For stop #3 on my recent trip to Africa, we left Namibia behind and moved on to Botswana, where we stayed at the beautiful Leroo La Tau camp, which is situated on the Boteti River. Based on our particular travel dates, getting there was a little bit of a to-do. We flew from Little Ongava to Windhoek, overnighted in Windhoek with a 4AM wake up call for a transfer back to the airport, then onto a flight to Johannesburg, a connecting flight into Maun and finally our small plane transfer to the camp. We arrived at camp at around 3pm, and had a relaxing drink and snack on the deck and then a sundowner boat trip.
Each game drive started and ended with a boat trip, as the camp was located on the opposite bank of the river to the conservancy where we took our game drives. It was great to have the differing perspectives of game and bird viewing from land and from the water.
As we spent 3 days at the camp, we had the opportunity to take a day trip to Nxai Pans. It was a long day (with a 6:30am departure arriving back around 7pm), but definitely worthwhile and very enjoyable. We had a picnic lunch in the Nxai Pans park, saw the amazing Baines Baobab trees and a few giant elephants along with loads of other game and interesting birds.
Our guide Calvin, camp managers Nelson and Umani, and all the staff at Leroo La Tau went out of their way to make sure we were comfortable and enjoying our stay. We were even treated to two performances by the Leroo La Tau choir, including a special song for my parents, who celebrated their 47th wedding anniversary during the stay. It was truly a special place in a very beautiful area.
This past weekend, my Mom and I were discussing one of her friends that is terrified of birds. So in honour of the topic of Danger, here is a post that is only spells danger for Norma Jean, and anyone else with ornithophobia.
One of the things that surprised me most about Amboseli was spending time watching the birds in the marsh. I had gone there expecting flat plains, lots of dust and lots of elephants, and I definitely got that, but the birds were an unexpected surprise. I guess you could say I didn’t do a ton of research on the area before going there, and perhaps that is a good thing, as then surprises await at every turn on the road.
Today I have a rather large selection of bird images, I hope you enjoy seeing some of the feathered beauties of Amboseli.
Again this week I am replacing my “What I’ve seen this week” post with some photos from my time in Uganda. Basically, because all I have seen recently is snow… and not the nice to photograph, snow glistening from sunlit trees… the regular, driveway and road clogging, get out the snow blower and get on with the day kind of snow. Perhaps my desire for winter to end is a bit apparent!!! But anyways, on with today’s post.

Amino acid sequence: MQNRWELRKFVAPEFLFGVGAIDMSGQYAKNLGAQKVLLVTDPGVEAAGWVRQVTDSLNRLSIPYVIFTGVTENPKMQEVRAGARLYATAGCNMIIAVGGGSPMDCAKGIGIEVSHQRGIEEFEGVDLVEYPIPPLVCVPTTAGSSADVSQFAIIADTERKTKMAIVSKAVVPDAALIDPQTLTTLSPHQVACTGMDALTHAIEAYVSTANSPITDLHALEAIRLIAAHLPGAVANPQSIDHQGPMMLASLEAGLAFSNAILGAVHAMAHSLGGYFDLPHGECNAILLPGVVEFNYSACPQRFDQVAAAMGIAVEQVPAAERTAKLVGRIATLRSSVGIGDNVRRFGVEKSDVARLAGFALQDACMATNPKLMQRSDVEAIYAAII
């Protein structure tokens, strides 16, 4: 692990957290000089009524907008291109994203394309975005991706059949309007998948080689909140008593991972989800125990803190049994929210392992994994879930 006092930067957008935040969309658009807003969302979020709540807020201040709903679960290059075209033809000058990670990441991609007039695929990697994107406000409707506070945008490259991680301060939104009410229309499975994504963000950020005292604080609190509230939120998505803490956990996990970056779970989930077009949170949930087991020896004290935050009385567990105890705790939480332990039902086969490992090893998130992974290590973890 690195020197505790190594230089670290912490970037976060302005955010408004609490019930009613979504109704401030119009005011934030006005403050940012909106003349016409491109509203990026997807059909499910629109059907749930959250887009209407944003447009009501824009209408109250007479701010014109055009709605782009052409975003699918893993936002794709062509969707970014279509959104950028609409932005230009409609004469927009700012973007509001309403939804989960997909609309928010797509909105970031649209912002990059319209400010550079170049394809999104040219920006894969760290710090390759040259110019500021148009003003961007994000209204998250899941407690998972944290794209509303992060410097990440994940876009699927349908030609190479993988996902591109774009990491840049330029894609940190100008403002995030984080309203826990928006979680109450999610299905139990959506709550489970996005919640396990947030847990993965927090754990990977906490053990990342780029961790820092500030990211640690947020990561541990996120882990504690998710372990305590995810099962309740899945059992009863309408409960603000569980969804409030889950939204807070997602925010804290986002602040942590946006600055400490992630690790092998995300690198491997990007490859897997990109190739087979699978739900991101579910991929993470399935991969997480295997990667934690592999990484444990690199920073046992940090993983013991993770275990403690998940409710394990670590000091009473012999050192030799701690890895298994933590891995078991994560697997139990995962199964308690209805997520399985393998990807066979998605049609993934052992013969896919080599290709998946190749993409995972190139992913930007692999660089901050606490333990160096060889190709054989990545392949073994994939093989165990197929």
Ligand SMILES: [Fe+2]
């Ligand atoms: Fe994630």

During my time in Uganda, I took an afternoon boat trip along the Kazinga channel, where I saw more kingfishers in under 3 hours than I had seen in all my life before, combined. I’m not exaggerating to say there were hundreds of individuals there. There are nesting colonies along the river banks with dozens of birds at each site, and it just kept going and going.
Note, I meant to post this much earlier in the day, but I have been having nothing but issues with the WordPress “http error” when trying to upload images. My workaround was loading them to Google Drive, downloading to my mobile phone and uploading to media that way, but it certainly isn’t an efficient work around. Hopefully the “Happiness Engineers” will have some info as to how to resolve this issue.
Now, onto the pictures.
It was easy enough to get a photo of a pair of kingfishers as we cruised along, but the tree had probably 20+ birds in it.
I was going through my folder of edited photos and realized I have a large number of random bird photos ready to go. Which is good, because I’ve not managed to get out and capture any of the local wildlife lately!
Even splitting the group of photos I found into two, I’ve still got a fair number of bird photos to post in the future!
I’ve seen secretary birds on my past trips to Southern Africa, but it seemed that I always encountered them either in terrible light, or at such a far distance they were little more than specks (or both!). This past trip I was spoiled for choice, and saw them several times in Uganda, and every day while in Kenya. It was very interesting to watch them high-stepping through the grass, looking for prey.
The difference good light makes is amazing. The same camera and lens combo was used for both photos.
A new visitor stopped by the yard this morning! I fired off quite a few shots from the porch, mostly so I could ID the bird, and then wandered closer. He or she didn’t mind my presence, and continued working up and down a couple of birch trees, picking off tiny insects. The red-breasted sapsuckers are a summertime visitor to my area, according to my bird app, so I am very grateful for the opportunity to view and photograph today.